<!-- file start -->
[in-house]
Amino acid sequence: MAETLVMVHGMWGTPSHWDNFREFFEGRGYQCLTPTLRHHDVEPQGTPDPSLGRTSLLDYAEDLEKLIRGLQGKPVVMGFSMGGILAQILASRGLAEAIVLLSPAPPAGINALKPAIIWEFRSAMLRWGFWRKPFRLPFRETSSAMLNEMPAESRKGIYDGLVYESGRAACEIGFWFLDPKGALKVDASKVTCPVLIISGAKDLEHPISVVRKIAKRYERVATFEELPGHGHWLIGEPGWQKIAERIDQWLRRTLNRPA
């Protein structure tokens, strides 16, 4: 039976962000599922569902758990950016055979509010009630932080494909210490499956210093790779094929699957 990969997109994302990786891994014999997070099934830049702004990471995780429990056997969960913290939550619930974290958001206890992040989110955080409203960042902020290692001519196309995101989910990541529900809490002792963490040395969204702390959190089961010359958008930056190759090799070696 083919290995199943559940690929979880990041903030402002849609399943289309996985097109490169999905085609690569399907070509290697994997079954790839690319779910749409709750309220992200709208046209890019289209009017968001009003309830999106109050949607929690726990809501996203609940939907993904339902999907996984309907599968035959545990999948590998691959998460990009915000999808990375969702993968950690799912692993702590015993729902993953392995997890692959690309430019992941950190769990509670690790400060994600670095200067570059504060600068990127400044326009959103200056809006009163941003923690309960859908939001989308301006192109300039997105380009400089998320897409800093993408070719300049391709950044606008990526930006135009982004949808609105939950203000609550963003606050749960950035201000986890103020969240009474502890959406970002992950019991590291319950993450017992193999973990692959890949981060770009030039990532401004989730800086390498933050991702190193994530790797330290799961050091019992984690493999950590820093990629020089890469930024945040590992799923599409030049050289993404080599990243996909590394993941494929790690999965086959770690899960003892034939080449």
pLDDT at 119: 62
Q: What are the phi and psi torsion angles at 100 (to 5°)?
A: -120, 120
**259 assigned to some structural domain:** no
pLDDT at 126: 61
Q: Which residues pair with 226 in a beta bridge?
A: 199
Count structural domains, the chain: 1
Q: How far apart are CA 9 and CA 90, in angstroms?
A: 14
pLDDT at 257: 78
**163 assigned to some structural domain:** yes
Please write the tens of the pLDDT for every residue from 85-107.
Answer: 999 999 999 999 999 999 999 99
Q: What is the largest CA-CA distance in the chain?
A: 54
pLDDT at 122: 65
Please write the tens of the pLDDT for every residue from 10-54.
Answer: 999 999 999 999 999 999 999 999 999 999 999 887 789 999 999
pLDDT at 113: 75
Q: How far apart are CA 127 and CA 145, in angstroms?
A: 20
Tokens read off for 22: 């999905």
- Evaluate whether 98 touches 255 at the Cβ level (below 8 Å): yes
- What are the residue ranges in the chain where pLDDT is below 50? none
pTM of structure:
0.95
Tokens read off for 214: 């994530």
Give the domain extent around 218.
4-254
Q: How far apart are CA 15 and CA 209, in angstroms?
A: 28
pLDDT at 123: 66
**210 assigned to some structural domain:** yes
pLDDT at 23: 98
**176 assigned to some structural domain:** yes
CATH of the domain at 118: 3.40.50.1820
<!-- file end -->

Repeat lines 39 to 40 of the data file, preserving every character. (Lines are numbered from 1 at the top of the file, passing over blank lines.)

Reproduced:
**176 assigned to some structural domain:** yes
CATH of the domain at 118: 3.40.50.1820